Over the past several months Chinese investors have been buying Myrtle Beach golf courses, and there are rumors that more will follow. Thus far,the three courses at Sea Trail Resort in Sunset Beach, NC, Black Bear Golf Club in Longs, SC, , Crown Park Golf Club in Longs, Burning Ridge in Conway, Indian Wells in Garden City, and The Founders Club in Pawleys Island, SC have reportedly sold, or are in the process of being sold. In each case, it is initially apparent the new owners intend to keep the courses open.
Many courses in the area have struggled over the past few years due to a (nationally) weak golf economy and the most recent blow delivered by the recession. As everyone associated with the game focuses to create new and renew old interest, areas like Myrtle Beach that may have overbuilt during the good times face competitive pressures that have lowered revenues and in some cases increased costs. Those circumstances have some owners looking for any sort of higher and better use for the property. The area’s John Daly Signature course, Wicked Stick has been reportedly listed for sale, and has a potential buyer (reported by the Sun News) who would use the property for residential and/or commercial development.
The Myrtle Beach golf industry has seen better times , but has potential to rebound as the nation’s overall economy improves and consumer confidence helps spur discretionary spending. The area stacks up well against other golf destinations with an abundance of golf course variety, virtually limitless accommodations, restaurants, attractions, entertainment, and…the beach, of course. The golf industry in general has bigger issues. Time has become one of golf’s toughest challenges, and has forward-thinking course owners creating shorter round offerings such as three, six, nine, and twelve hole programs. Some say the expense to “gear up” and play the game is also one of its biggest challenges. Others add the game’s difficulty as a hurdle. The good news…all this has the attention of the entire golf industry.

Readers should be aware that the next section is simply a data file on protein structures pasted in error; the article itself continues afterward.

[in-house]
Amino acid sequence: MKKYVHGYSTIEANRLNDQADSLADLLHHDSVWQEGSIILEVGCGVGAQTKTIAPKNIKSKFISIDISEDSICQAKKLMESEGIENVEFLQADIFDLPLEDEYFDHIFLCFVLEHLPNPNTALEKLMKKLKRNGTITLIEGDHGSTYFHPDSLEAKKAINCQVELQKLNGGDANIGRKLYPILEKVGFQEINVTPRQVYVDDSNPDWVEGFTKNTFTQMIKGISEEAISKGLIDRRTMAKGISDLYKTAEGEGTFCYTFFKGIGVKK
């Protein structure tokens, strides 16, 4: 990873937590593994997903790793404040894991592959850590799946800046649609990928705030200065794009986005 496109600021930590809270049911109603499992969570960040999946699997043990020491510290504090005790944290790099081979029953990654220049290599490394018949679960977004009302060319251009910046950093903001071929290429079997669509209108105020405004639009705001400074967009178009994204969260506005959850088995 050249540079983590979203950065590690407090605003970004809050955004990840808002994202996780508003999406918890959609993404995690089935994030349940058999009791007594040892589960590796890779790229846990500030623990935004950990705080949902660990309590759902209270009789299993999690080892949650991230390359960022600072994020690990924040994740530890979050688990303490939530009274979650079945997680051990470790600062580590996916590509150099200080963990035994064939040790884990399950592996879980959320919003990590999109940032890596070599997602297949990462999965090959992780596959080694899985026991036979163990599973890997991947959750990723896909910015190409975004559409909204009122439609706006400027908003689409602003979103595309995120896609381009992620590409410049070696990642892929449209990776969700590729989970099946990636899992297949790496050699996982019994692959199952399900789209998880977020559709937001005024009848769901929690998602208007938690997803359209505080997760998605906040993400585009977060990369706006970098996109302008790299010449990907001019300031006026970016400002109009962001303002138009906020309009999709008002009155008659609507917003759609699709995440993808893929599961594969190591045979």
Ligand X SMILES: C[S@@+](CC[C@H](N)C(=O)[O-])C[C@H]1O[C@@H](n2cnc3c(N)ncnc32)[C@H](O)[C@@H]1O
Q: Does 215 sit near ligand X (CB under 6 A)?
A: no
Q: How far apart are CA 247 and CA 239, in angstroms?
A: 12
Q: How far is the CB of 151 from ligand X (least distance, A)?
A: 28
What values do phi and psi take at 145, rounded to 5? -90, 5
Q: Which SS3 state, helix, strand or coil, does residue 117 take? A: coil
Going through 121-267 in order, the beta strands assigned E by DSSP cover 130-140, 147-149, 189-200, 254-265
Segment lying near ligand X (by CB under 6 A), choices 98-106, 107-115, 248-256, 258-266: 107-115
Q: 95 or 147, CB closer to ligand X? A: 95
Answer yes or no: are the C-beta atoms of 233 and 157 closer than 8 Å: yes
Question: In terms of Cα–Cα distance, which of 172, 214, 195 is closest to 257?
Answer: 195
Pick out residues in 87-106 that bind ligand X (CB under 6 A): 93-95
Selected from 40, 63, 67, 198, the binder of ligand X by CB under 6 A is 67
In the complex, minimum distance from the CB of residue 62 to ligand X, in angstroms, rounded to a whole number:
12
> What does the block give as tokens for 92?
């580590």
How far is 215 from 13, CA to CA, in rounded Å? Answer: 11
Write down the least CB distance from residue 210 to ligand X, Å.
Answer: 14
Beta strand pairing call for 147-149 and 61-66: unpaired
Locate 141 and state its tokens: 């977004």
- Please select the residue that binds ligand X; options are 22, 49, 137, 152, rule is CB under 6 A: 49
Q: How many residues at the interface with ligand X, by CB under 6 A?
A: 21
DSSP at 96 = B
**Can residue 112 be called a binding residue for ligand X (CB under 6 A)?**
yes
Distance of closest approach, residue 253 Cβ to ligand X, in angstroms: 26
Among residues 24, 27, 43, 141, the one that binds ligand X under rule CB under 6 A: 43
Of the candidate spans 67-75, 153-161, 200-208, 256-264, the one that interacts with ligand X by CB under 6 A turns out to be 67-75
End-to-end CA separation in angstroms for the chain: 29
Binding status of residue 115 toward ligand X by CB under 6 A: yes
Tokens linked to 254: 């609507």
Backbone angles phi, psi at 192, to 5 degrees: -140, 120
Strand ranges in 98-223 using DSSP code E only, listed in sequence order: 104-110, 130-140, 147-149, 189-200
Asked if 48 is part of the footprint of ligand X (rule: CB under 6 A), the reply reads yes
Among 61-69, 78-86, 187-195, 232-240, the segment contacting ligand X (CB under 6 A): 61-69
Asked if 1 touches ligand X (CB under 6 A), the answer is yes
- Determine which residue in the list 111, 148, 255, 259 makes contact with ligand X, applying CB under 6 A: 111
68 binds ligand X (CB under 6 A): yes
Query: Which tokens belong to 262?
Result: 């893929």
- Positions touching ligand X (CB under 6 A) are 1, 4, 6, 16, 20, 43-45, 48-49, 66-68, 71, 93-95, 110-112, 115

One of the most positive moves in recent history was the addition of the Drive, Chip, and Putt youth event at this year’s Masters. The interest from young golfers and their parents skyrocketed after this event. Getting more youth involved in the game is a huge benefit, but retention is still the biggest challenge. Finding solutions for retaining golfers during their family and career building years will require a significant creative effort.
Myrtle Beach, and its solid tourism industry, should prove to benefit area courses most as international interest in American golf rises. The obvious solution for Myrtle Beach is to grow its market share while the overall golf industry sorts through all the challenges it faces in the coming years. Collectively, the courses in Myrtle Beach along with all the associated businesses and marketing organizations, have a global marketing advantage if the right synergy can be accomplished. The recent golf course purchases by Chinese investors is proof the international interest is there. More international play should follow.